The Bureau of Investigation (BOI) was created on July 26, 1908, after the Congress had adjourned for the summer. Attorney General Bonaparte, using Department of Justice expense funds, hired thirty-four people, including some veterans of the Secret Service, to work for a new investigative agency. Its first “Chief” (the title is now known as “Director”) was Stanley Finch. Bonaparte notified the Congress of these actions in December 1908.
The bureau’s first official task was visiting and making surveys of the houses of prostitution in preparation for enforcing the “White Slave Traffic Act,” or Mann Act, passed on June 25, 1910. In 1932, the bureau was renamed the United States Bureau of Investigation.
The following year it was linked to the Bureau of Prohibition and rechristened the Division of Investigation (DOI) before finally becoming an independent service within the Department of Justice in 1935.
In the same year, its name was officially changed from the Division of Investigation to the present-day Federal Bureau of Investigation, or FBI.
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During the 1920s, with Congress’ approval, Director Hoover drastically restructured and expanded the Bureau of Investigation. He built the agency into an efficient crime-fighting machine, establishing a centralized fingerprint file, a crime laboratory, and a training school for agents.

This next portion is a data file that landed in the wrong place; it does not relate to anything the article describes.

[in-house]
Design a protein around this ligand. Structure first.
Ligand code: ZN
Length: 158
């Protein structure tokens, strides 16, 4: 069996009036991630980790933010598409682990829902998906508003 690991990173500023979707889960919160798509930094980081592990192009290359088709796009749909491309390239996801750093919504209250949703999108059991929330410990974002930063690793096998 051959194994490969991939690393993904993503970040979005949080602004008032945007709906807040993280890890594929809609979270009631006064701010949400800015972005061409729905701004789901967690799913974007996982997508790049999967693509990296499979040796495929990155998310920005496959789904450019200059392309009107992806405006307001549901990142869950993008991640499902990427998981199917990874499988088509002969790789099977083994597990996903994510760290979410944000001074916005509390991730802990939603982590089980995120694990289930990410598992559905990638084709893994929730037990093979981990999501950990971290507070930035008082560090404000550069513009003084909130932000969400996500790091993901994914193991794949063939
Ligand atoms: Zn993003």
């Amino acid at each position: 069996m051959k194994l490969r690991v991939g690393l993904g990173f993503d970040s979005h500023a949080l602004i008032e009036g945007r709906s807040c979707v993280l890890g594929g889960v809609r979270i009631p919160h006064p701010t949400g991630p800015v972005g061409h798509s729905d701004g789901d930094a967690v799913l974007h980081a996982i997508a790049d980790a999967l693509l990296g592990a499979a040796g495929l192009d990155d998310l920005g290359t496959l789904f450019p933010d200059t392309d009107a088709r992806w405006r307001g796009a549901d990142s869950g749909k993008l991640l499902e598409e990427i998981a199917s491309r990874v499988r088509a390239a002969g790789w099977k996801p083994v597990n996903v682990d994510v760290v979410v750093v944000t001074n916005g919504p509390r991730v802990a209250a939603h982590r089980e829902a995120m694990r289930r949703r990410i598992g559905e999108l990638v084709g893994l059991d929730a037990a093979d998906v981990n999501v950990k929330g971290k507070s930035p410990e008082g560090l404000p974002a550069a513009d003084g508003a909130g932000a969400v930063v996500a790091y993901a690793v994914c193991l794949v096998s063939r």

In the 1930s, the Bureau of Investigation launched a dramatic battle against the epidemic of organized crime brought on by Prohibition.
Notorious gangsters such as George “Machine Gun” Kelly and John Dillinger met their ends looking down the barrels of bureau-issued guns, while others, like Louis “Lepke” Buchalter, the elusive head of Murder, Inc., were successfully investigated and prosecuted by Hoover’s “G-men.”
Hoover, who had a keen eye for public relations, participated in a number of these widely publicized arrests, and the Federal Bureau of Investigation, as it was known after 1935, became highly regarded by Congress and the American public.
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Beginning in the 1940s and continuing into the 1970s, the bureau investigated cases of espionage against the United States and its allies.
Eight Nazi agents who had planned sabotage operations against American targets were arrested, and six were executed (Ex parte Quirin) under their sentences. Also during this time, a joint US/UK code-breaking effort called “The Venona Project”—with which the FBI was heavily involved—broke Soviet diplomatic and intelligence communications codes, allowing the US and British governments to read Soviet communications.
This effort confirmed the existence of Americans working in the United States for Soviet intelligence.
Hoover was administering this project, but he failed to notify the Central Intelligence Agency (CIA) of it until 1952. Another notable case was the arrest of Soviet spy Rudolf Abel in 1957.
The discovery of Soviet spies operating in the US allowed Hoover to pursue his longstanding obsession with the threat he perceived from the American Left, ranging from Communist Party of the United States of America (CPUSA) union organizers to American liberals.